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Before she turns twenty-one, Amina Mir intends to have one of her stories published on the front page of the Chronicle. So when she gets an internship there, she’s thrilled, even if it means a summer making coffee and writing human-interest stories. Then she interviews Ivor McMorris. A veteran of the war in Sinnostan, Ivor is convinced that someone interfered with his memories while he was there—but if he does anything about it, the watchers will make him disappear.
At first, Amina is skeptical. As the daughter of a major in the Royal Marines, she knows that veterans often suffer from posttraumatic stress disorder. But when she meets Chi Sandwith, a conspiracy investigator who has spoken to dozens of soldiers like Ivor, Amina realizes that she may have stumbled upon the biggest and most terrifying government cover-up ever. Now if only she can break the story before disappearing herself.
class, if I were you. I don’t think they approve of that kind of face paint in the army. What would your dad say?” “He’d say you’re right; the army’s got too many poofs already,” Tariq replied. “But then he is a marine.” Ms. Maijani burst out laughing and he made his escape before she could pull him up for his homophobic language. Amina was exhausted by the time she got home, so she was in no mood for one of Tariq’s explosions of adolescent enthusiasm. “But you should see it, it’s brilliant!” he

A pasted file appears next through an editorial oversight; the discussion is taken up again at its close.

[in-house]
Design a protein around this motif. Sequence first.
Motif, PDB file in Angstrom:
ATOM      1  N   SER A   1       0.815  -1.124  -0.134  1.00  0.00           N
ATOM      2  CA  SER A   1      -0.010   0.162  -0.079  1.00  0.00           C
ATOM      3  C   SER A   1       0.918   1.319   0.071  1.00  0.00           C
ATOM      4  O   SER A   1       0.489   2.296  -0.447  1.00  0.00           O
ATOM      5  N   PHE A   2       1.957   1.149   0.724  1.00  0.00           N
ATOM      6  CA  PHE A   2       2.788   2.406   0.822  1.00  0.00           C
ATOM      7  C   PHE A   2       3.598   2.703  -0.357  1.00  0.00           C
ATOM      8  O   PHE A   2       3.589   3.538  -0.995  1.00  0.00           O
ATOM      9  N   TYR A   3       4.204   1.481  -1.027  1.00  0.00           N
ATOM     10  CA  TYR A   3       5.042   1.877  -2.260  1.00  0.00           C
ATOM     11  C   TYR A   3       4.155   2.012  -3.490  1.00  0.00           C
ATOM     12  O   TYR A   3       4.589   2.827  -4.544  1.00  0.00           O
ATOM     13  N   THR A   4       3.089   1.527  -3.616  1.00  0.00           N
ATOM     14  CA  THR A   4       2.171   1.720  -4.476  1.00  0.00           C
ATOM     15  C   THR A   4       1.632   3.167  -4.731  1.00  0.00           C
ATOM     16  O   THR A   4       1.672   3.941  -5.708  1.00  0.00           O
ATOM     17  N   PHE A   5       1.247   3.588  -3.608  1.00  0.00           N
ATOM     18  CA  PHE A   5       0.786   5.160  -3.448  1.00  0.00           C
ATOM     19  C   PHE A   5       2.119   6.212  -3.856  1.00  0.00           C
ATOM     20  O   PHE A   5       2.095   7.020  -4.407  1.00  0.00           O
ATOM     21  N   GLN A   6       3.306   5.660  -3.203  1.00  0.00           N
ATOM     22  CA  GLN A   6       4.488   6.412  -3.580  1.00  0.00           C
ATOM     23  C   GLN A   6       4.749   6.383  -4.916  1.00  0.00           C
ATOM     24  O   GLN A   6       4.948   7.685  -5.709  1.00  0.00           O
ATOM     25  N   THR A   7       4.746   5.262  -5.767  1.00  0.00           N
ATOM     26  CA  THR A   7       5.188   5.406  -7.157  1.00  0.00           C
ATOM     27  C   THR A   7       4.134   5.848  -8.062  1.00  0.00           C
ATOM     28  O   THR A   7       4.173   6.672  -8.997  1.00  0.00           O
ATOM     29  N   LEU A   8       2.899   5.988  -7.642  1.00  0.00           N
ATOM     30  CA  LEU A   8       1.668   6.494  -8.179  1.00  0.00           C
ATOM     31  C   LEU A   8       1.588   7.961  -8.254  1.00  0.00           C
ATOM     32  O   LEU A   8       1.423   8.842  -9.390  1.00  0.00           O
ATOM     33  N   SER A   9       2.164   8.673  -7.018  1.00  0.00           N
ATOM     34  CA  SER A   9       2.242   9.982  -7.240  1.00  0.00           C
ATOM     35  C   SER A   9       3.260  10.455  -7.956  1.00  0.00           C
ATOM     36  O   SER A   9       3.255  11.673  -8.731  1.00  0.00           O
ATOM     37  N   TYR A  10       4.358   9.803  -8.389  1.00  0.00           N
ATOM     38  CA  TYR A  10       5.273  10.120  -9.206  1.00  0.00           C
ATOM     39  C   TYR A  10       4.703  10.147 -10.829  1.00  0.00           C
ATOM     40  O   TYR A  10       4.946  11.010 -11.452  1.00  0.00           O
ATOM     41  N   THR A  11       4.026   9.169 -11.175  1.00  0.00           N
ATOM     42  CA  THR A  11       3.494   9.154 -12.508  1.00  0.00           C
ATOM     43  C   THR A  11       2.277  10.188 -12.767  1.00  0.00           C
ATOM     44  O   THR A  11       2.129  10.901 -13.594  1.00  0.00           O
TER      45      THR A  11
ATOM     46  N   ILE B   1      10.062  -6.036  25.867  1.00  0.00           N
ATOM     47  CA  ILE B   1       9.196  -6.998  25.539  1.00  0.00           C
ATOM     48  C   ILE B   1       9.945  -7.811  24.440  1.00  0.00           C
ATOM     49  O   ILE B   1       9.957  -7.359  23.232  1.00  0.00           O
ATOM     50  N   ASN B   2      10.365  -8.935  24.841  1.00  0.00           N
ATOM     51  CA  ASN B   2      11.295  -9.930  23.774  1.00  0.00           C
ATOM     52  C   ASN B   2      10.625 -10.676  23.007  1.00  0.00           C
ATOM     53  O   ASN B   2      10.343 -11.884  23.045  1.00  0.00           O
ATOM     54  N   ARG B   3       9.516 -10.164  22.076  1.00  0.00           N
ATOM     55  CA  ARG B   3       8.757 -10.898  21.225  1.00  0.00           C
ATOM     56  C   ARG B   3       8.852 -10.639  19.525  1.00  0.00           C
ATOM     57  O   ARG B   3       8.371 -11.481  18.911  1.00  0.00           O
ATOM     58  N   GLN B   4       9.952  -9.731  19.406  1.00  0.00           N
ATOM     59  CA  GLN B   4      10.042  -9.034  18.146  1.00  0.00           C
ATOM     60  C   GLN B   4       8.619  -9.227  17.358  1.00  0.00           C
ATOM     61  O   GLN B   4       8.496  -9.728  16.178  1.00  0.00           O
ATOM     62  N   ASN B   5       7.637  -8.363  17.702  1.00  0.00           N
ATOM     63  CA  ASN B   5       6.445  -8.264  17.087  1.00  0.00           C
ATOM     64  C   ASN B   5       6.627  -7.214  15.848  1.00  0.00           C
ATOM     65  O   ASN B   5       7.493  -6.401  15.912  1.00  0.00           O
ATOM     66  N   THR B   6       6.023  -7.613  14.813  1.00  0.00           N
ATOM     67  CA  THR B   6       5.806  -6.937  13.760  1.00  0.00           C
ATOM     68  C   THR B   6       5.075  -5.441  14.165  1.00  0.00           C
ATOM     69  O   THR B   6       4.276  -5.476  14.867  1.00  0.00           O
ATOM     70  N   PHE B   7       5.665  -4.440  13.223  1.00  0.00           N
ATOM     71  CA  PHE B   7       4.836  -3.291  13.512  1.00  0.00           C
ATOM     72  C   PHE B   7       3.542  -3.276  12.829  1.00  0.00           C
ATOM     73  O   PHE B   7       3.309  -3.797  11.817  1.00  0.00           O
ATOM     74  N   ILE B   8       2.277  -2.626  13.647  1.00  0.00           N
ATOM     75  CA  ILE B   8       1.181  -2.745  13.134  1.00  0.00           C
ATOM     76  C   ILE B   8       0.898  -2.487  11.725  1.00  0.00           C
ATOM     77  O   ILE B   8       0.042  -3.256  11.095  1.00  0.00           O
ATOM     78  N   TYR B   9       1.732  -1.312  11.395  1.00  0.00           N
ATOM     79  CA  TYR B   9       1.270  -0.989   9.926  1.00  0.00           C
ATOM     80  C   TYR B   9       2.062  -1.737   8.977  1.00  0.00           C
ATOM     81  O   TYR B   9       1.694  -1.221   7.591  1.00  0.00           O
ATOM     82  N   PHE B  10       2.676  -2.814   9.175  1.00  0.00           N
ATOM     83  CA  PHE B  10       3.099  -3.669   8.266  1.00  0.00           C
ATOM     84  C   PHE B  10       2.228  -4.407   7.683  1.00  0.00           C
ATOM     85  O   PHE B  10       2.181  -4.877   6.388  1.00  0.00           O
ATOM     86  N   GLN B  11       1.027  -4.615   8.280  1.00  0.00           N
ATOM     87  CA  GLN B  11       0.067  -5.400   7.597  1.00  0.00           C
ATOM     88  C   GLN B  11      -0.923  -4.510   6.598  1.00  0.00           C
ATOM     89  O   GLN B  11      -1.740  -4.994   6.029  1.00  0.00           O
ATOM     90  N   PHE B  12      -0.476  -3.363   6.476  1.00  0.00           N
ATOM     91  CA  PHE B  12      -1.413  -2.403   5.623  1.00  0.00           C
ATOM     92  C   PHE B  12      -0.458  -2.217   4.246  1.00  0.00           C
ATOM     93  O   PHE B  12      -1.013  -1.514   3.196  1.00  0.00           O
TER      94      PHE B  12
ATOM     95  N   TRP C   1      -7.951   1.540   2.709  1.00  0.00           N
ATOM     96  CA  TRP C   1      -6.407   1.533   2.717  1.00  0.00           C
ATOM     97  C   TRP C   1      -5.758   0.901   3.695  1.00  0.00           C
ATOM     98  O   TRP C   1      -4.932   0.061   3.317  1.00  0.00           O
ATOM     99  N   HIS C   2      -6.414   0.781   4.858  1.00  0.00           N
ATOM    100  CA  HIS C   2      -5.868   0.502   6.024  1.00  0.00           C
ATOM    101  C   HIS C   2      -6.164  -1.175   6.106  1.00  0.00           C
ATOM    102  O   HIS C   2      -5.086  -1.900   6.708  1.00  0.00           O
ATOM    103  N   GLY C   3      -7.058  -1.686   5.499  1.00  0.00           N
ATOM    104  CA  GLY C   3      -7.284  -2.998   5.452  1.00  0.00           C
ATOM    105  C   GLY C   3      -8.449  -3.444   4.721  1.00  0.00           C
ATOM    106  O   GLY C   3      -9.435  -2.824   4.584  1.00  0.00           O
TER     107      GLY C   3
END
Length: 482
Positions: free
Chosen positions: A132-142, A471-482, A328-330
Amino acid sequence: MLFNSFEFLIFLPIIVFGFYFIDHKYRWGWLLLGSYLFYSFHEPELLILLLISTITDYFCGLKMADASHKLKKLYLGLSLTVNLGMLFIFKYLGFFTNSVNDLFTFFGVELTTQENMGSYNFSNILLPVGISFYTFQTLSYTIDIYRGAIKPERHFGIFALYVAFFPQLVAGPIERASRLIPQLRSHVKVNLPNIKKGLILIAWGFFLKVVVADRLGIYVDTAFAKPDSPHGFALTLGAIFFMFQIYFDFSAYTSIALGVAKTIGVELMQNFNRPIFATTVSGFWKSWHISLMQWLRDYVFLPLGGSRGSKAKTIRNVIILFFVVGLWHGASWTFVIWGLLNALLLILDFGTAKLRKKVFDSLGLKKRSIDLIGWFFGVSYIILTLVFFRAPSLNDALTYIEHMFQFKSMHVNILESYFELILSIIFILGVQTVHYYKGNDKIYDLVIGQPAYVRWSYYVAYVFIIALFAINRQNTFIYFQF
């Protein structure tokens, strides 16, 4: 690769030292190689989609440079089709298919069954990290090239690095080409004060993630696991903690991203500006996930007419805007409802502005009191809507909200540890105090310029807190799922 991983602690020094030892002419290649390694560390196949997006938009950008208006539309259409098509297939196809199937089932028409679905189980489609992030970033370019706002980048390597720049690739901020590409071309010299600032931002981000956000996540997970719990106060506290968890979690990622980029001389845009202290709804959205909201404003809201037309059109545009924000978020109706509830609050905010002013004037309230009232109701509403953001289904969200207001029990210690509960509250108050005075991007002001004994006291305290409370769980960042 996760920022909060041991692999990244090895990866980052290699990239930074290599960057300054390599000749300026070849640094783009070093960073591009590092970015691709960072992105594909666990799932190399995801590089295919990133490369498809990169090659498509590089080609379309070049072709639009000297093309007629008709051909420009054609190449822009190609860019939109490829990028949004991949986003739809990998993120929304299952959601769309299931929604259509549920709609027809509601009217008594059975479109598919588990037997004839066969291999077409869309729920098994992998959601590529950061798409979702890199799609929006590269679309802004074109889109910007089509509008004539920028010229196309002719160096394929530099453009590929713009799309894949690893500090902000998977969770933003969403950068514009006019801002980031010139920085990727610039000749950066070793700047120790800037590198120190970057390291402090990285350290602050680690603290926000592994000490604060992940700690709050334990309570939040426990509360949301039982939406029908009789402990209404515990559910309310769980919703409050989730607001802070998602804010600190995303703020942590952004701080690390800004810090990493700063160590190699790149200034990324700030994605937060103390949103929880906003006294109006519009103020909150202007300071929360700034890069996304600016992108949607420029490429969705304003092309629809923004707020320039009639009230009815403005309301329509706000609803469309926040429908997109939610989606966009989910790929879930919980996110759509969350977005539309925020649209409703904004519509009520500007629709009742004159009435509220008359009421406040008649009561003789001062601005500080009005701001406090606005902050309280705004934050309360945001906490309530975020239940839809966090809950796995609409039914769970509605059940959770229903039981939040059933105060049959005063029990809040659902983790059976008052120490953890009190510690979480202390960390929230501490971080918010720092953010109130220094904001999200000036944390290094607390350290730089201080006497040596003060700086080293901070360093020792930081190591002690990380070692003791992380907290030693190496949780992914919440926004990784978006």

over the last two years,” he told them, opening his laptop case and booting up the computer. “Particularly ones who’ve been vocal against the war, or who’ve been reported to be suffering post-traumatic stress.” “How would you find that out?” Ivor asked. “We don’t go round wearing labels.” “Eh . . . actually you do—in a manner of speaking.” Chi gave a hesitant chuckle. “It’s in your medical records.” “Jesus, you hack into our medical records?” Ivor exclaimed. “That’s as personal as it gets, man.
the free stuff any more either. Ever looked up inside a tap? I mean, I’m sure it’s safe enough, but . . .” He had a wide smile with a hint of sadness about it. Amina imagined him to be one of those guys who was more popular with the girls than he realized. She had to remind herself that she was the one in control of this interview. “Do you mind if I record this?” she asked, taking her recorder from her bag. He shook his head as he poured two glasses of water from a bottle in the fridge. She sat
compromisethe operation, and we can discredit him if he tries to talk afterwards. The package has been shipped?” “It’s on its way,” ■■■■ told them. “Due in eight days. It’s aboard a Dutch-registered freighter with no ties to Britain. There are two minders, but no one in the crew knows what they’re carrying.” “Good,” ■■■■■■■ -■■■■■ muttered. “I have to admit, I’ll be glad when it’s secured again. The risk of it being hijacked—” “—Is well worth it,” ■■■■ assured him. “The nation is losing faith in
she’d treated herself to a nice breakfast and an hour or two of lounging on the sofa with a good book. She didn’t spot the envelope until she was opening the bedroom door. It was a plain white square, leaning against the base of the lamp on her bedside table. Her parents were usually up before her, but they left any post for her on the kitchen counter. One of them must have left it in here while she was asleep. She wasn’t mad about the idea that her parents were still sneaking into her room;